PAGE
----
Kauaʻi or Kauai ( is the oldest of the main Hawaiian Islands. With an area of 552.3 square miles (1,430.5 km2), it is the fourth largest of the main islands in the Hawaiian archipelago and the 21st largest island in the United States. Known also as the "Garden Isle", Kauaʻi lies 105 miles (170 kilometers) across the Kauaʻi Channel, northwest of Oʻahu.The United States Census Bureau defines Kauaʻi as Census Tracts 401 through 409 of Kauaʻi County, Hawaiʻi, which is all of the county except for the islands of Kaʻula, Lehua, and Niʻihau. The 2000 census population of Kauaʻi (the island) was 58,303
The densely jungled valley of Honopu was thought to be the last home of the Menehune and is often referred to as the "Valley of the Lost Tribe." The beach in this area is where Jessica Lange eluded King Kong in the 1976 remake of the classic King Kong and Harrison Ford fled from pirate attack in 6 Days, 7 Nights.
For many years this was one of the best "hidden" beaches on Kauai. Today, the sandy, rock-studded beach is still beautiful. But it is no longer hidden. A major resort now borders the beach, which means it's harder to have the beach all to yourself - but easier to find a cool drink when you tire of beachcombing.
Kipu Kai Beach
The majestic "Hoary Head" mountain ridge frames the golden sands of Kipu Kai beach, which is only accessible by boat. Many years ago, the local population of Nene, the endangered Hawaiian goose, disappeared from Kauai, but thanks to the efforts of local cattle rancher J.W. Waterhouse, these rare birds may occasionally be seen at Kipu Kai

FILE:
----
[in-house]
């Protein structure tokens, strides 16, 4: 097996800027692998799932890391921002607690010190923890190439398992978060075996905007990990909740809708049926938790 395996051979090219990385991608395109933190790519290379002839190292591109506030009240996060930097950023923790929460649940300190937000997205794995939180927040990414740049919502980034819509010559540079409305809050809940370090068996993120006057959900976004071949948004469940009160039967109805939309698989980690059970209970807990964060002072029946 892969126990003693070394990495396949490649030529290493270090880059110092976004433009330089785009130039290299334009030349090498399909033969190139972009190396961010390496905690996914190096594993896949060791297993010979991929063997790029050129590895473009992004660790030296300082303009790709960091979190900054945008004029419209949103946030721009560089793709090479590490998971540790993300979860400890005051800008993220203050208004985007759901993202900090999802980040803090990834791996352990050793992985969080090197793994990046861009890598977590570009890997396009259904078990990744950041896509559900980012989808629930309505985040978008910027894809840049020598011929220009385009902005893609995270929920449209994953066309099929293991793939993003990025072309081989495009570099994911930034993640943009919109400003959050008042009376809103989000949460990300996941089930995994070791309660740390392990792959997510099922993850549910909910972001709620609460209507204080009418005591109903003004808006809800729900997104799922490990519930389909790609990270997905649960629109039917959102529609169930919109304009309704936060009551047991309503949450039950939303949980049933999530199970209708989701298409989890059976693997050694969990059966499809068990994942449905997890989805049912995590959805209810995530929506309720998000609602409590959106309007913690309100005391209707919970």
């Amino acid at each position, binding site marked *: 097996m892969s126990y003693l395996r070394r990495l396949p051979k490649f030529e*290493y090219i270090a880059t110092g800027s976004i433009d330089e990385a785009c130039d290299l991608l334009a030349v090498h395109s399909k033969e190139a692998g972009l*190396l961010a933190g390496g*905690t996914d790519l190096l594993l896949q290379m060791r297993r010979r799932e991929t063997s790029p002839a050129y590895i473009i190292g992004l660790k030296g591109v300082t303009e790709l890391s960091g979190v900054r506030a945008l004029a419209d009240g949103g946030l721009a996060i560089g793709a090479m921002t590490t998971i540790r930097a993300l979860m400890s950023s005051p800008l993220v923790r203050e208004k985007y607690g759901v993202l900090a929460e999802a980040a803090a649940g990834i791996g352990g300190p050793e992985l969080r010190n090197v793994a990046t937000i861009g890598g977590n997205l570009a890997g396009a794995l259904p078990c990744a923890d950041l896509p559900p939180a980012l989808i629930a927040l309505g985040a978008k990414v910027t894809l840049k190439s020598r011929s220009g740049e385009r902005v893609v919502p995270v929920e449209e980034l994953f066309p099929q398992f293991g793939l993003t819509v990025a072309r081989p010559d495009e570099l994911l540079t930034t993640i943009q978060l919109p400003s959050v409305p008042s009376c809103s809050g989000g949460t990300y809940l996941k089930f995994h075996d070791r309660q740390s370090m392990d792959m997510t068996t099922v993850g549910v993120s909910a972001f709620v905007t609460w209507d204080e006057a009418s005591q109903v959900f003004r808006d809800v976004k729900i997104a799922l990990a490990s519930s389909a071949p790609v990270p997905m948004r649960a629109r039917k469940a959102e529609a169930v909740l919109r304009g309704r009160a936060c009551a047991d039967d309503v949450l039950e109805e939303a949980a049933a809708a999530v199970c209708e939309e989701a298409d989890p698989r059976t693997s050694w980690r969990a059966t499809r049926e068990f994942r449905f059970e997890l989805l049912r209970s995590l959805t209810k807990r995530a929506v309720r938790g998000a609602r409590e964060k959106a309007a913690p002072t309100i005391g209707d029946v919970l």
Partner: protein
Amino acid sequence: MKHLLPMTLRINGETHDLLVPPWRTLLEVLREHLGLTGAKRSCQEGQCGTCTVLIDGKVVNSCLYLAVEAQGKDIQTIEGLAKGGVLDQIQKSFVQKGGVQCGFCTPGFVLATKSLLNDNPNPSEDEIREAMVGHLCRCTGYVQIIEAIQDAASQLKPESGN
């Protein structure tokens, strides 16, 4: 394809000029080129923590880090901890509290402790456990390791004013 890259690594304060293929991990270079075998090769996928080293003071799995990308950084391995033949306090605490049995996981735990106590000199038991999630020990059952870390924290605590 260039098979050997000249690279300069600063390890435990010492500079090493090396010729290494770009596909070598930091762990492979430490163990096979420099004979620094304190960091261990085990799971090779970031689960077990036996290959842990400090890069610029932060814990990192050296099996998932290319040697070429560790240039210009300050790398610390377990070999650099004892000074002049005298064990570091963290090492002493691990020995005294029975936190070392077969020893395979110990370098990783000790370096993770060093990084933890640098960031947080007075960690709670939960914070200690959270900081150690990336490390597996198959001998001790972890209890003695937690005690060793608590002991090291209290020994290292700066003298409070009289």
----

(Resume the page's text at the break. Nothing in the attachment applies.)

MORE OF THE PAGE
This is a famous movie location and excellent snorkeling area, located at the foot of the Na Pali Coast Trail. Kee Beach appeared in the popular television mini-series, The Thorn Birds
Famous for its spectacular beauty, Hanalei Bay is a long half-moon of sandy beach carved into the base of a sheer cliff on one side and narrowing into a rocky point on the other. The beach is a great spot for walking or throwing a Frisbee around. At the westernmost curve of the bay, you'll find a calm shoreline where the water is relatively quiet even when most of the north shore is too rough for safe swimming.
Sleeping Giant (Nounou Mountain)
Look for the mountain ridge between Wailua and Kapaa which looks like the figure of a man on his back. Legend has it that this was a pesky giant who ate constantly. The villagers of Wailua, tired of feeding the giant, tricked him into eating a great number of rocks hidden in a vast quantity of fish and poi. The giant was so full that he lay down to take a nap, fell into a deep sleep, and has yet to wake up.
The white sands and gentle waters of Kalapaki Beach are ideal for sunning, swimming, and sailing. Kalapaki Beach also is the home of the Kauai Marriott Resort & Beach Club, and Kauai Lagoons--40 acres of freshwater tropical lagoons that serve as a sanctuary for exotic wildlife.